Finally, when I was speaking to Mr Stephen Fenn this morning I mentioned Food Security and asked if he had listened to the Deputy Director General, Catchment and Lands, Dr Renata Brooks, speak about this issue. He said he hadn’t. For your benefit and his I provide this link http://www.abc.net.au/tv/bigideas/stories/2011/04/26/3200648.htm
I refer to your email of 18 June 2012 to Ilse van de Meent of Minister Hodgkinson’s Office regarding the proposal by the Botany Cemetery Trust to expand onto adjoining land currently occupied by Chinese market gardens. I have been asked to provide you with a response to the concerns you have raised to date.
The New South Wales Government has a long history of providing public burial places for its people. Burial space has been set aside in public cemeteries since the early days of the colony, which has continued to ensure that most sections of the community have had access to affordable, conveniently located land for burial.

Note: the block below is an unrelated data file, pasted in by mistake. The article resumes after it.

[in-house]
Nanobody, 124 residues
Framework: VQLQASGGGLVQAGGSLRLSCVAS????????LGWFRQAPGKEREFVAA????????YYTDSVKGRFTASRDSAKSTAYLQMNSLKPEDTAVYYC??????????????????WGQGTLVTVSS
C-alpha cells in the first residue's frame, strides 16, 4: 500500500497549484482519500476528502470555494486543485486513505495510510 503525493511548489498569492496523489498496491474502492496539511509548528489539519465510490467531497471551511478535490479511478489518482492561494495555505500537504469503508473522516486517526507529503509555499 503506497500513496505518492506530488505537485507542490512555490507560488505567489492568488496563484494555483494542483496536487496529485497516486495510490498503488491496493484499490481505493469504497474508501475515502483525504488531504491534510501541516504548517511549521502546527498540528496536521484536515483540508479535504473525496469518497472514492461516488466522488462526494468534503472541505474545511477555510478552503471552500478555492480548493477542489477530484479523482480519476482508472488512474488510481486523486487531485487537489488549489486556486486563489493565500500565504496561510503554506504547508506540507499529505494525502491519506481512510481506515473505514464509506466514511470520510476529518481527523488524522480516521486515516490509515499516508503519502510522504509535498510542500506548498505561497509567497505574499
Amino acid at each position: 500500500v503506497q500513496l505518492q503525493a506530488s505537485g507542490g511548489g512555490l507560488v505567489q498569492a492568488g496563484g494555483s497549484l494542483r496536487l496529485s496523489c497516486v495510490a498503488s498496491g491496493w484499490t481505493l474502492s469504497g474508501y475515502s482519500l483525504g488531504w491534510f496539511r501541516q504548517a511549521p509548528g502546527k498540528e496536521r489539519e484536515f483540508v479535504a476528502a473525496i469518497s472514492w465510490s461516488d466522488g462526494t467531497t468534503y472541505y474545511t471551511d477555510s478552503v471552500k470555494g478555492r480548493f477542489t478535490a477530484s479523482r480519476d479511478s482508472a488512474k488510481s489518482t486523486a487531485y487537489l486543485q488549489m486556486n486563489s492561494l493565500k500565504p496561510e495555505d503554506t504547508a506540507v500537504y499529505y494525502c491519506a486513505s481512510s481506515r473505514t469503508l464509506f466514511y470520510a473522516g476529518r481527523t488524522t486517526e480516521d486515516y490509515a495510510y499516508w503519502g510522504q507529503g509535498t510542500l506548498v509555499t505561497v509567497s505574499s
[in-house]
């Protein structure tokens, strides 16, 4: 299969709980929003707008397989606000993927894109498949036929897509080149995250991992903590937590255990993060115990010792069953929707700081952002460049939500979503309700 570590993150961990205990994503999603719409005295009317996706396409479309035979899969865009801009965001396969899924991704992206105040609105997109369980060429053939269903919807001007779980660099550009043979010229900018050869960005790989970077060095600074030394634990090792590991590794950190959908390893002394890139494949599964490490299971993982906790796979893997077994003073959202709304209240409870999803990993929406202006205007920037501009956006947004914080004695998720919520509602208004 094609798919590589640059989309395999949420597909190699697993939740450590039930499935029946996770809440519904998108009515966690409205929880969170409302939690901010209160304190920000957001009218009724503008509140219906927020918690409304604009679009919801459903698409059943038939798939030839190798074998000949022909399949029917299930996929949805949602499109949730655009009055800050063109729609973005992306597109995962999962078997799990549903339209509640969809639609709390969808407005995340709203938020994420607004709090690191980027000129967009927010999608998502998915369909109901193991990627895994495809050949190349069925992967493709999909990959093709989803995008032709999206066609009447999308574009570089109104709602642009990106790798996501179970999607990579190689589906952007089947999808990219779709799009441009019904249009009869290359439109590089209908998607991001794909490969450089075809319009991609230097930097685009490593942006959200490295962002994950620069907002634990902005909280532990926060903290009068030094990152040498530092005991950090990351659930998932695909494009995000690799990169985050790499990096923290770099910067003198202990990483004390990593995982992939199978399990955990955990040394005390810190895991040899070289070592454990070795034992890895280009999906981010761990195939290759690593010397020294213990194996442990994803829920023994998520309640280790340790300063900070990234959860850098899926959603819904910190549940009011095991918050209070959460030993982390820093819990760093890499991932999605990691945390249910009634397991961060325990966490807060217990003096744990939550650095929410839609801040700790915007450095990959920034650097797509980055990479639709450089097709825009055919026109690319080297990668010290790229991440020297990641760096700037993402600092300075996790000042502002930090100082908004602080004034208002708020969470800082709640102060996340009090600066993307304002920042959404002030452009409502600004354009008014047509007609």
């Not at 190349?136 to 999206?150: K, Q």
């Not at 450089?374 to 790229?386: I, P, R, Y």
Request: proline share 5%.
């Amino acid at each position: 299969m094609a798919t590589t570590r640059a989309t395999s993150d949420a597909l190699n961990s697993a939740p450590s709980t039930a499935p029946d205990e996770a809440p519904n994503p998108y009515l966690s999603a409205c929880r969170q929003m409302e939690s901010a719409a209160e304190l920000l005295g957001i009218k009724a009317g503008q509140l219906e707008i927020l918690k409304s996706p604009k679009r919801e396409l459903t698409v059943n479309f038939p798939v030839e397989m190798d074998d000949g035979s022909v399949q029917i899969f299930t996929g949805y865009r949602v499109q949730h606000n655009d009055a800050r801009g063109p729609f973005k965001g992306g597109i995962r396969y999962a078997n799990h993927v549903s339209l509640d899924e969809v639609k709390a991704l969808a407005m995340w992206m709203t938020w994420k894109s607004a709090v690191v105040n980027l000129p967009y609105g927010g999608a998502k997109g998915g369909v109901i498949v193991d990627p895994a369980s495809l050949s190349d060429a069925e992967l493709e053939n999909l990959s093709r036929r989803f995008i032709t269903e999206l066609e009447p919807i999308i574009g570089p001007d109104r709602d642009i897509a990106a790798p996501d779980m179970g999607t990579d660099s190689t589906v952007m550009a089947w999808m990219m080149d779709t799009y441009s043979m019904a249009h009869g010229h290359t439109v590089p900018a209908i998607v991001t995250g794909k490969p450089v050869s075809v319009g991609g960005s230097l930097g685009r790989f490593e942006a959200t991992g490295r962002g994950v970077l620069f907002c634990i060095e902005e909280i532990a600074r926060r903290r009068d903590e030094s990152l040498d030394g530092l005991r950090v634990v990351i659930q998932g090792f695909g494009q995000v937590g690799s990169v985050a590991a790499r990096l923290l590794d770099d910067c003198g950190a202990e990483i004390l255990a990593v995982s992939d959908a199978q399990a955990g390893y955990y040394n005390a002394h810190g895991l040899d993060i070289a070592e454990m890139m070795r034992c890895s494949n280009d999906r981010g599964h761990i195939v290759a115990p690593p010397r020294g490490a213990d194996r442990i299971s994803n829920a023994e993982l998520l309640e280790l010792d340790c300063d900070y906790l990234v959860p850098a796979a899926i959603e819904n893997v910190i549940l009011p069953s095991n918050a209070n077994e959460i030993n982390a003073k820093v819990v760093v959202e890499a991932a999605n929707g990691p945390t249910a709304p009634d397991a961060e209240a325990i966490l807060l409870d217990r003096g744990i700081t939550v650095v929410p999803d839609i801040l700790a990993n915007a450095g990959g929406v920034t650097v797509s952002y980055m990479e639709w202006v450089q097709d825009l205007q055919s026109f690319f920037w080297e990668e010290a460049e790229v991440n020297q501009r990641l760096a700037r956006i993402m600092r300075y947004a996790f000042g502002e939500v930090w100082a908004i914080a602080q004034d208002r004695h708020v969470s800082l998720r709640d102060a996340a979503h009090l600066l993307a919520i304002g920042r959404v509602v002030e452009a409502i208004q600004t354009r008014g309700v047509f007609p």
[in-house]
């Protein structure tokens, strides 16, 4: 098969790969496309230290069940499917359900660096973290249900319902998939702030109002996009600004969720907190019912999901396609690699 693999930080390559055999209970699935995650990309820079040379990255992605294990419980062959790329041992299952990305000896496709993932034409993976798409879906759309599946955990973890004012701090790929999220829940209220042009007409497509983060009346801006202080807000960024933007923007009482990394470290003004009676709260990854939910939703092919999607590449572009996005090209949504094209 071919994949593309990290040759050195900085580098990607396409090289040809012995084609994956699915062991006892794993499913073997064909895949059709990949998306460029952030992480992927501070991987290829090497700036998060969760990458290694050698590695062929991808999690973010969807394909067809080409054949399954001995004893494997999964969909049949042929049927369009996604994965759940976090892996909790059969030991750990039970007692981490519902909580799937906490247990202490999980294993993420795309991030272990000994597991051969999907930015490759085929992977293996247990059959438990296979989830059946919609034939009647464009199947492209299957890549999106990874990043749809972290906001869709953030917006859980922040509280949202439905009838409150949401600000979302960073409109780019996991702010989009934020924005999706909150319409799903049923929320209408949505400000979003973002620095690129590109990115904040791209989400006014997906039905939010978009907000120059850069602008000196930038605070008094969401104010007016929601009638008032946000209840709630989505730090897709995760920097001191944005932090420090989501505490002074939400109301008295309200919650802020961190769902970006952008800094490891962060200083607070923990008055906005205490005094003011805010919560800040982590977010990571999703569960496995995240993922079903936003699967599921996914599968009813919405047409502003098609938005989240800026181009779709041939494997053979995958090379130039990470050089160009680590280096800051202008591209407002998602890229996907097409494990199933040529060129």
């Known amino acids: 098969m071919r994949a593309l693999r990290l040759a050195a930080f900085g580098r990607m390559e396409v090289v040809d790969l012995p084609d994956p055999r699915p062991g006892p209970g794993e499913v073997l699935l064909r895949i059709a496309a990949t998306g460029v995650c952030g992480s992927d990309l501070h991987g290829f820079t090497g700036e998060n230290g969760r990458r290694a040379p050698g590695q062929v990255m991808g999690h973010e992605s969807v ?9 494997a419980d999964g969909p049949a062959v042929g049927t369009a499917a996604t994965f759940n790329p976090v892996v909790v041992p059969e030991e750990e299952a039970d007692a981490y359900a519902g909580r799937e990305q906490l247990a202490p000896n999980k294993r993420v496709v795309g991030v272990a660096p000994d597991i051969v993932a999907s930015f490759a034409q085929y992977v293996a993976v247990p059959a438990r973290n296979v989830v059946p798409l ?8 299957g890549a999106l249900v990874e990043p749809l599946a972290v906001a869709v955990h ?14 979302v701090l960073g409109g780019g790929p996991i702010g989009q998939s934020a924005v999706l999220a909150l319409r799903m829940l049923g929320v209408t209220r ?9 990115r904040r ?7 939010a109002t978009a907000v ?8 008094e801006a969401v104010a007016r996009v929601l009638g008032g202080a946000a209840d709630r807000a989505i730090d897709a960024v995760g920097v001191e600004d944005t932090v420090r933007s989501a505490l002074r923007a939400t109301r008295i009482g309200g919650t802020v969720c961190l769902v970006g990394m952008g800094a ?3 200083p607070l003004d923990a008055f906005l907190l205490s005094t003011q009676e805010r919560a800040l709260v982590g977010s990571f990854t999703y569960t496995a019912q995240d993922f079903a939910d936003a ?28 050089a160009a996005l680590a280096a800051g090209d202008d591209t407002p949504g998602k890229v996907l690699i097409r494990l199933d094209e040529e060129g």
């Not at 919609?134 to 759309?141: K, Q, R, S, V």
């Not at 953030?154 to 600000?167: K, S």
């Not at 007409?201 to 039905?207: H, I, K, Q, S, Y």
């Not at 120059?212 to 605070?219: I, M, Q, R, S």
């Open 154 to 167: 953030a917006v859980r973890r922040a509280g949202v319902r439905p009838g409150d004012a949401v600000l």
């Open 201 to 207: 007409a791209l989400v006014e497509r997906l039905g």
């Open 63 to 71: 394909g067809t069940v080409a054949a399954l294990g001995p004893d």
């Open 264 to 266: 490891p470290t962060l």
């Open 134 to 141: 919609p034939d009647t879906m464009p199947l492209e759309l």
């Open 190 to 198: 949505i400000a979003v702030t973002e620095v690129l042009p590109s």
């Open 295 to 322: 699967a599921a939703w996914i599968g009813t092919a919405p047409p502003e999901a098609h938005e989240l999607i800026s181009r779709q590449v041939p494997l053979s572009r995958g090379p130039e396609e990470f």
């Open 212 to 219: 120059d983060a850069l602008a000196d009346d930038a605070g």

As the Sydney Greater Metropolitan Area (GMA) has expanded, priority has been placed on utilising available public land for other purposes such as housing, industrial infrastructure, open space for recreation and essential public facilities such as schools and hospitals. In addition, rising land values have increased the cost of acquiring large sites for cemeteries.
As a result, land available for new burial sites is limited. While there is currently sufficient burial space to meet the short and medium term burial needs of most sections of the community, the general community within the GMA will be faced with fewer burial choices by the middle of this century.
In 2002 there were about 680,000 gravesites available in the GMA. At current burial rates more than a third of the currently available grave sites are likely to be used by about 2020 and, if additional land is not acquired to accommodate increasing demand, critical shortages will start to occur by 2036.